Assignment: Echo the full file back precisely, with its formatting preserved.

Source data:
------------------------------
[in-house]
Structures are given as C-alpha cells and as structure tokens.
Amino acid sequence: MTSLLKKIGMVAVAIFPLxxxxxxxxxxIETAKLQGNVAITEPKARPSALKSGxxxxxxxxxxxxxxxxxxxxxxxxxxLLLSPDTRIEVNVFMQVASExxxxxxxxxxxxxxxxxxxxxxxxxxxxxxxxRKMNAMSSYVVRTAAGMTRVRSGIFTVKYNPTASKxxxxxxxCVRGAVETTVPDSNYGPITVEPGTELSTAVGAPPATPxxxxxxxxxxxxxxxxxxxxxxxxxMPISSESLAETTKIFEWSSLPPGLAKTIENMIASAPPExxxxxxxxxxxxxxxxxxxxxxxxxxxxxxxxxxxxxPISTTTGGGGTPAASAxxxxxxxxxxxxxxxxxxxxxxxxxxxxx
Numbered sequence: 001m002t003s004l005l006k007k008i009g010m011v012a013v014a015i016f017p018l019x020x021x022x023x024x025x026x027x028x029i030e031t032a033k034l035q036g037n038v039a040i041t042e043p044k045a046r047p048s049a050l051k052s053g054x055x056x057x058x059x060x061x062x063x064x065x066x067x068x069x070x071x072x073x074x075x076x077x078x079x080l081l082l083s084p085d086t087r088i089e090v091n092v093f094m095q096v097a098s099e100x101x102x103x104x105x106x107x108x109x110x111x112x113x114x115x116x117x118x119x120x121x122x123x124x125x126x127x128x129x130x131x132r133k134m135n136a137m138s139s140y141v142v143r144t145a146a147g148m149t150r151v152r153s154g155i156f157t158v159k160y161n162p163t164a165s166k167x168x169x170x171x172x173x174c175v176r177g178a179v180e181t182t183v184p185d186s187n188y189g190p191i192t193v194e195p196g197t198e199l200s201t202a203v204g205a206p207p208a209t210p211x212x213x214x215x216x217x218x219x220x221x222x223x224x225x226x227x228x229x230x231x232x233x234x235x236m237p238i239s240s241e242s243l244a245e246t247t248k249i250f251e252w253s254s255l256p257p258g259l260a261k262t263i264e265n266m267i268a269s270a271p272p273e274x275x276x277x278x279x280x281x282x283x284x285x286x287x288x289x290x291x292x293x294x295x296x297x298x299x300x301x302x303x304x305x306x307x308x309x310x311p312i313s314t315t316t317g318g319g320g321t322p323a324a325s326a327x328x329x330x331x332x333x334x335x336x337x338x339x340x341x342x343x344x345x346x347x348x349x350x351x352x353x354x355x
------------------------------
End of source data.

[in-house]
Structures are given as C-alpha cells and as structure tokens.
Amino acid sequence: MTSLLKKIGMVAVAIFPLxxxxxxxxxxIETAKLQGNVAITEPKARPSALKSGxxxxxxxxxxxxxxxxxxxxxxxxxxLLLSPDTRIEVNVFMQVASExxxxxxxxxxxxxxxxxxxxxxxxxxxxxxxxRKMNAMSSYVVRTAAGMTRVRSGIFTVKYNPTASKxxxxxxxCVRGAVETTVPDSNYGPITVEPGTELSTAVGAPPATPxxxxxxxxxxxxxxxxxxxxxxxxxMPISSESLAETTKIFEWSSLPPGLAKTIENMIASAPPExxxxxxxxxxxxxxxxxxxxxxxxxxxxxxxxxxxxxPISTTTGGGGTPAASAxxxxxxxxxxxxxxxxxxxxxxxxxxxxx
Numbered sequence: 001m002t003s004l005l006k007k008i009g010m011v012a013v014a015i016f017p018l019x020x021x022x023x024x025x026x027x028x029i030e031t032a033k034l035q036g037n038v039a040i041t042e043p044k045a046r047p048s049a050l051k052s053g054x055x056x057x058x059x060x061x062x063x064x065x066x067x068x069x070x071x072x073x074x075x076x077x078x079x080l081l082l083s084p085d086t087r088i089e090v091n092v093f094m095q096v097a098s099e100x101x102x103x104x105x106x107x108x109x110x111x112x113x114x115x116x117x118x119x120x121x122x123x124x125x126x127x128x129x130x131x132r133k134m135n136a137m138s139s140y141v142v143r144t145a146a147g148m149t150r151v152r153s154g155i156f157t158v159k160y161n162p163t164a165s166k167x168x169x170x171x172x173x174c175v176r177g178a179v180e181t182t183v184p185d186s187n188y189g190p191i192t193v194e195p196g197t198e199l200s201t202a203v204g205a206p207p208a209t210p211x212x213x214x215x216x217x218x219x220x221x222x223x224x225x226x227x228x229x230x231x232x233x234x235x236m237p238i239s240s241e242s243l244a245e246t247t248k249i250f251e252w253s254s255l256p257p258g259l260a261k262t263i264e265n266m267i268a269s270a271p272p273e274x275x276x277x278x279x280x281x282x283x284x285x286x287x288x289x290x291x292x293x294x295x296x297x298x299x300x301x302x303x304x305x306x307x308x309x310x311p312i313s314t315t316t317g318g319g320g321t322p323a324a325s326a327x328x329x330x331x332x333x334x335x336x337x338x339x340x341x342x343x344x345x346x347x348x349x350x351x352x353x354x355x